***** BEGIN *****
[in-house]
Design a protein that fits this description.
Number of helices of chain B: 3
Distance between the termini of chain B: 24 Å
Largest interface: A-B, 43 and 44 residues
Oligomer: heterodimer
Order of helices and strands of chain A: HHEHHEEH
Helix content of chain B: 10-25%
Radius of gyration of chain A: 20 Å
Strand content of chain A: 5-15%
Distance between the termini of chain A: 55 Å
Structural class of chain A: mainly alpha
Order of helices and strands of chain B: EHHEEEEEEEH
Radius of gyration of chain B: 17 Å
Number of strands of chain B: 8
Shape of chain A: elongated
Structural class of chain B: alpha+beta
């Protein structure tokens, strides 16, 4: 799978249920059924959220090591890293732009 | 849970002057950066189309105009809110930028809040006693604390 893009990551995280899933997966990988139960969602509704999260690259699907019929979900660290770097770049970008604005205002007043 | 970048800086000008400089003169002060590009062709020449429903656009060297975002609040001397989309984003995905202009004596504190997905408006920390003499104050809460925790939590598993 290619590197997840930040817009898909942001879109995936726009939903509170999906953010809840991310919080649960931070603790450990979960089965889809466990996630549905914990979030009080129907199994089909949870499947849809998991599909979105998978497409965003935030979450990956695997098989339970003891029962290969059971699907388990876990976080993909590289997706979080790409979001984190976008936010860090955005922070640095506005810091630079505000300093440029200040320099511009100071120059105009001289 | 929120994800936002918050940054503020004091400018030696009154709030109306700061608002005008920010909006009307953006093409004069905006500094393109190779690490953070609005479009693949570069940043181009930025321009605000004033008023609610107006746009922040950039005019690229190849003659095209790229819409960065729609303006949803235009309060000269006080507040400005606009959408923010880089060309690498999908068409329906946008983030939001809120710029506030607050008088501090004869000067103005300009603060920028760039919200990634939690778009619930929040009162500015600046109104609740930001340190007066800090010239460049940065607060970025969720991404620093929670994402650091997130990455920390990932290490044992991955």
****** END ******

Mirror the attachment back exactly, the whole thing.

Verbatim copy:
[in-house]
Design a protein that fits this description.
Number of helices of chain B: 3
Distance between the termini of chain B: 24 Å
Largest interface: A-B, 43 and 44 residues
Oligomer: heterodimer
Order of helices and strands of chain A: HHEHHEEH
Helix content of chain B: 10-25%
Radius of gyration of chain A: 20 Å
Strand content of chain A: 5-15%
Distance between the termini of chain A: 55 Å
Structural class of chain A: mainly alpha
Order of helices and strands of chain B: EHHEEEEEEEH
Radius of gyration of chain B: 17 Å
Number of strands of chain B: 8
Shape of chain A: elongated
Structural class of chain B: alpha+beta
């Protein structure tokens, strides 16, 4: 799978249920059924959220090591890293732009 | 849970002057950066189309105009809110930028809040006693604390 893009990551995280899933997966990988139960969602509704999260690259699907019929979900660290770097770049970008604005205002007043 | 970048800086000008400089003169002060590009062709020449429903656009060297975002609040001397989309984003995905202009004596504190997905408006920390003499104050809460925790939590598993 290619590197997840930040817009898909942001879109995936726009939903509170999906953010809840991310919080649960931070603790450990979960089965889809466990996630549905914990979030009080129907199994089909949870499947849809998991599909979105998978497409965003935030979450990956695997098989339970003891029962290969059971699907388990876990976080993909590289997706979080790409979001984190976008936010860090955005922070640095506005810091630079505000300093440029200040320099511009100071120059105009001289 | 929120994800936002918050940054503020004091400018030696009154709030109306700061608002005008920010909006009307953006093409004069905006500094393109190779690490953070609005479009693949570069940043181009930025321009605000004033008023609610107006746009922040950039005019690229190849003659095209790229819409960065729609303006949803235009309060000269006080507040400005606009959408923010880089060309690498999908068409329906946008983030939001809120710029506030607050008088501090004869000067103005300009603060920028760039919200990634939690778009619930929040009162500015600046109104609740930001340190007066800090010239460049940065607060970025969720991404620093929670994402650091997130990455920390990932290490044992991955």